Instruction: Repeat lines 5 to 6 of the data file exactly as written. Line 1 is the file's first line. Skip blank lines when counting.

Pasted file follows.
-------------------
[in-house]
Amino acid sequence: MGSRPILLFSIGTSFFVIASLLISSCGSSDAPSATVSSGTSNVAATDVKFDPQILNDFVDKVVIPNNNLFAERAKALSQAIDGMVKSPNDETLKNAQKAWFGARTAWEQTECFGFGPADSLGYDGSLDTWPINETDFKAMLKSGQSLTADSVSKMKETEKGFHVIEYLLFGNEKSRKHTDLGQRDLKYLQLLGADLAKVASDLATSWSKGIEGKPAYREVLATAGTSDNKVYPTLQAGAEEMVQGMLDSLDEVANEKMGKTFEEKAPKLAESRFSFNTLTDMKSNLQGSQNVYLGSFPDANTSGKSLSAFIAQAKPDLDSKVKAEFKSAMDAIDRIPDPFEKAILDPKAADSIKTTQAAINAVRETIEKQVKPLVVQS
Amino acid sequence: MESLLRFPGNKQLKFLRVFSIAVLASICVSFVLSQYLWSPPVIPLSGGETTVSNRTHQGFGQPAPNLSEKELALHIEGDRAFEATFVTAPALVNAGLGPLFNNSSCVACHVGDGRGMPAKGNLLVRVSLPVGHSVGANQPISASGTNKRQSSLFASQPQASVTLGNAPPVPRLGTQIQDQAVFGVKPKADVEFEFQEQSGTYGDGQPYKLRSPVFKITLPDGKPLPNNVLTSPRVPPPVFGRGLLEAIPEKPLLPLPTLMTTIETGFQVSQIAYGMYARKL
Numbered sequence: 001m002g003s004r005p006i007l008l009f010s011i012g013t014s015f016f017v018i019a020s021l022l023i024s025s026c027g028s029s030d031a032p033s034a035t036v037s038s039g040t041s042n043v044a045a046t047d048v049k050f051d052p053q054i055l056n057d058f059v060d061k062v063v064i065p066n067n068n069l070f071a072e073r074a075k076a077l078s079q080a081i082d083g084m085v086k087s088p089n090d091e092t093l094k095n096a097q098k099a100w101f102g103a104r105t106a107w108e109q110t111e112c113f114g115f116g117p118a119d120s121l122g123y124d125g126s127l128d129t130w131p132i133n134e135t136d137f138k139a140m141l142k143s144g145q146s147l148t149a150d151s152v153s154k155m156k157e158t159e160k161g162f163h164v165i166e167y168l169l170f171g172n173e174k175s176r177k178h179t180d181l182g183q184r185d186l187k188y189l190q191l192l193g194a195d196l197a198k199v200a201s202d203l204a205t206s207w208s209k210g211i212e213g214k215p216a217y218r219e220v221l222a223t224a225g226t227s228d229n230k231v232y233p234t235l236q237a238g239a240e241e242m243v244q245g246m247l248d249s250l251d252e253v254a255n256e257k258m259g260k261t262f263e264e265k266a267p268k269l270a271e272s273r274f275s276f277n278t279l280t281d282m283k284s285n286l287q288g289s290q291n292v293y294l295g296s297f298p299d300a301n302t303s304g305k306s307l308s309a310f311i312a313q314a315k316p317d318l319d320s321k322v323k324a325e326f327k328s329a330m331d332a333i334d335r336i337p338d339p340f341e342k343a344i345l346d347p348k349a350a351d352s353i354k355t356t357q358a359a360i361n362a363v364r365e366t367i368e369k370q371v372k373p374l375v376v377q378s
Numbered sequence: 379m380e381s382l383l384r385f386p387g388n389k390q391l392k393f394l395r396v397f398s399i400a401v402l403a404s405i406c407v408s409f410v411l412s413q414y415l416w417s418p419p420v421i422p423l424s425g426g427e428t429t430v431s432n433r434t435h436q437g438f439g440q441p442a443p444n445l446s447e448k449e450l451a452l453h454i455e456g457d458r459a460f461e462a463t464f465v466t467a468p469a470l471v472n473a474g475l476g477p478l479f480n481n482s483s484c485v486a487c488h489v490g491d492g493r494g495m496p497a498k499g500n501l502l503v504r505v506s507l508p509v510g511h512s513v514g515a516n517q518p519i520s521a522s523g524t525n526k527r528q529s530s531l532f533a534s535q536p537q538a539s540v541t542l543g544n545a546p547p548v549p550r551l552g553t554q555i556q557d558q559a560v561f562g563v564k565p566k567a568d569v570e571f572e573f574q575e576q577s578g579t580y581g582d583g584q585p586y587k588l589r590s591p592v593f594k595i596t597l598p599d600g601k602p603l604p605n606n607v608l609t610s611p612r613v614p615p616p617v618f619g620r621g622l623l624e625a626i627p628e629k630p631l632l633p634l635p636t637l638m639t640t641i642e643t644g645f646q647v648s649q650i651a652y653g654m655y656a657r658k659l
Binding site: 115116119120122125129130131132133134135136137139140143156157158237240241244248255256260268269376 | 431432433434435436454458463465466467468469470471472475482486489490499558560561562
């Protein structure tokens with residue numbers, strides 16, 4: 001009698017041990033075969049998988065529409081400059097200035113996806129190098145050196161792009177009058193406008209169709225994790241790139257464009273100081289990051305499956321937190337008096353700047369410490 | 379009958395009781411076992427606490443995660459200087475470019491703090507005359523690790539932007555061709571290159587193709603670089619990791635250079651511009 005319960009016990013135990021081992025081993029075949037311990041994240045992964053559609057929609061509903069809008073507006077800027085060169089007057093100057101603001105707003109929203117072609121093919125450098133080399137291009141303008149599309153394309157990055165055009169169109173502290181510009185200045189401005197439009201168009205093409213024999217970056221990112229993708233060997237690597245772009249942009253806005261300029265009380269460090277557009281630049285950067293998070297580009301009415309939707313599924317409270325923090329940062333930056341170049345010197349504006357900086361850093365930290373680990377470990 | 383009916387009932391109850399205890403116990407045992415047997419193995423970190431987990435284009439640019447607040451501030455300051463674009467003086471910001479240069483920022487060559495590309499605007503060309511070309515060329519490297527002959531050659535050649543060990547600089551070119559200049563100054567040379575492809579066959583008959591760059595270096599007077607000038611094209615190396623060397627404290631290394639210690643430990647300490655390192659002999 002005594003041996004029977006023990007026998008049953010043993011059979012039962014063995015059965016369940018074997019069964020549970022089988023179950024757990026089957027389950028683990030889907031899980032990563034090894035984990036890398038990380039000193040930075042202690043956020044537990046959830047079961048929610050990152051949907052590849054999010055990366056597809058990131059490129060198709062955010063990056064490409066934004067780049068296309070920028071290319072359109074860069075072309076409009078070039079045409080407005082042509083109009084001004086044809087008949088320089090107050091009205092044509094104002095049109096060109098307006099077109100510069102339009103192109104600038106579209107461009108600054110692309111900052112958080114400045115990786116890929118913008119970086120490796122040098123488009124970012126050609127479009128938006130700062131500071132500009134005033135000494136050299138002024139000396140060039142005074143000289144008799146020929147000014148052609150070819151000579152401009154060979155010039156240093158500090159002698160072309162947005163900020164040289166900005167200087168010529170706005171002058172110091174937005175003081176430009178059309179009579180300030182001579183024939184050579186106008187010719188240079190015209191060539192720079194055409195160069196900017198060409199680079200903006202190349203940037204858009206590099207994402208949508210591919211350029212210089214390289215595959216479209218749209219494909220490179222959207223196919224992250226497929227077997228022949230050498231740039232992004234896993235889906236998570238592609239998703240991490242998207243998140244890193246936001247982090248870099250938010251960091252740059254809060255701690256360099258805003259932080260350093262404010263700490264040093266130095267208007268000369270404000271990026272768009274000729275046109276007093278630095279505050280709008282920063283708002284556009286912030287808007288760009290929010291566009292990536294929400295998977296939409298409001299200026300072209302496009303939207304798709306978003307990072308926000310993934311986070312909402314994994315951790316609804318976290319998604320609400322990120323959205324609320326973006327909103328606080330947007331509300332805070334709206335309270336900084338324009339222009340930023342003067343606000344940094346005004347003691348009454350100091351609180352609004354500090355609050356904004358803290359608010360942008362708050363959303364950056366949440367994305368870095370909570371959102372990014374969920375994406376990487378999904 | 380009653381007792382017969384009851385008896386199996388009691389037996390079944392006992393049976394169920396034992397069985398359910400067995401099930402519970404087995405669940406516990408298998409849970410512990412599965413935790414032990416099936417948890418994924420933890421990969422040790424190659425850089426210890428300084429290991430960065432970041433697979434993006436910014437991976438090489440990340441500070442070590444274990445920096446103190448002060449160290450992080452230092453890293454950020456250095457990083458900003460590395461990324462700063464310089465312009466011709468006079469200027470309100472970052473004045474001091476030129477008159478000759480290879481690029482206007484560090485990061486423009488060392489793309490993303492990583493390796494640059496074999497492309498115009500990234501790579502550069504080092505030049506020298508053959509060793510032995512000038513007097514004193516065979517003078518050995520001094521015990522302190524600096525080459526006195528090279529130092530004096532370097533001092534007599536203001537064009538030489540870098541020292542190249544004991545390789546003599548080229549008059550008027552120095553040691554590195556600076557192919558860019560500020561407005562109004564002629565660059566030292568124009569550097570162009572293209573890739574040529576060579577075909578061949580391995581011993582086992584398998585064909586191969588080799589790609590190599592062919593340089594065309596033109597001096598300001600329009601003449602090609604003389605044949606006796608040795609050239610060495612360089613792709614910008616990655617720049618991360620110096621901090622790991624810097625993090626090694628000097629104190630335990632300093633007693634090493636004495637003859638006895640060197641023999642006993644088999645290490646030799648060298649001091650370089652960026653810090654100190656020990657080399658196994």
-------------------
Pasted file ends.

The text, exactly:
Numbered sequence: 379m380e381s382l383l384r385f386p387g388n389k390q391l392k393f394l395r396v397f398s399i400a401v402l403a404s405i406c407v408s409f410v411l412s413q414y415l416w417s418p419p420v421i422p423l424s425g426g427e428t429t430v431s432n433r434t435h436q437g438f439g440q441p442a443p444n445l446s447e448k449e450l451a452l453h454i455e456g457d458r459a460f461e462a463t464f465v466t467a468p469a470l471v472n473a474g475l476g477p478l479f480n481n482s483s484c485v486a487c488h489v490g491d492g493r494g495m496p497a498k499g500n501l502l503v504r505v506s507l508p509v510g511h512s513v514g515a516n517q518p519i520s521a522s523g524t525n526k527r528q529s530s531l532f533a534s535q536p537q538a539s540v541t542l543g544n545a546p547p548v549p550r551l552g553t554q555i556q557d558q559a560v561f562g563v564k565p566k567a568d569v570e571f572e573f574q575e576q577s578g579t580y581g582d583g584q585p586y587k588l589r590s591p592v593f594k595i596t597l598p599d600g601k602p603l604p605n606n607v608l609t610s611p612r613v614p615p616p617v618f619g620r621g622l623l624e625a626i627p628e629k630p631l632l633p634l635p636t637l638m639t640t641i642e643t644g645f646q647v648s649q650i651a652y653g654m655y656a657r658k659l
Binding site: 115116119120122125129130131132133134135136137139140143156157158237240241244248255256260268269376 | 431432433434435436454458463465466467468469470471472475482486489490499558560561562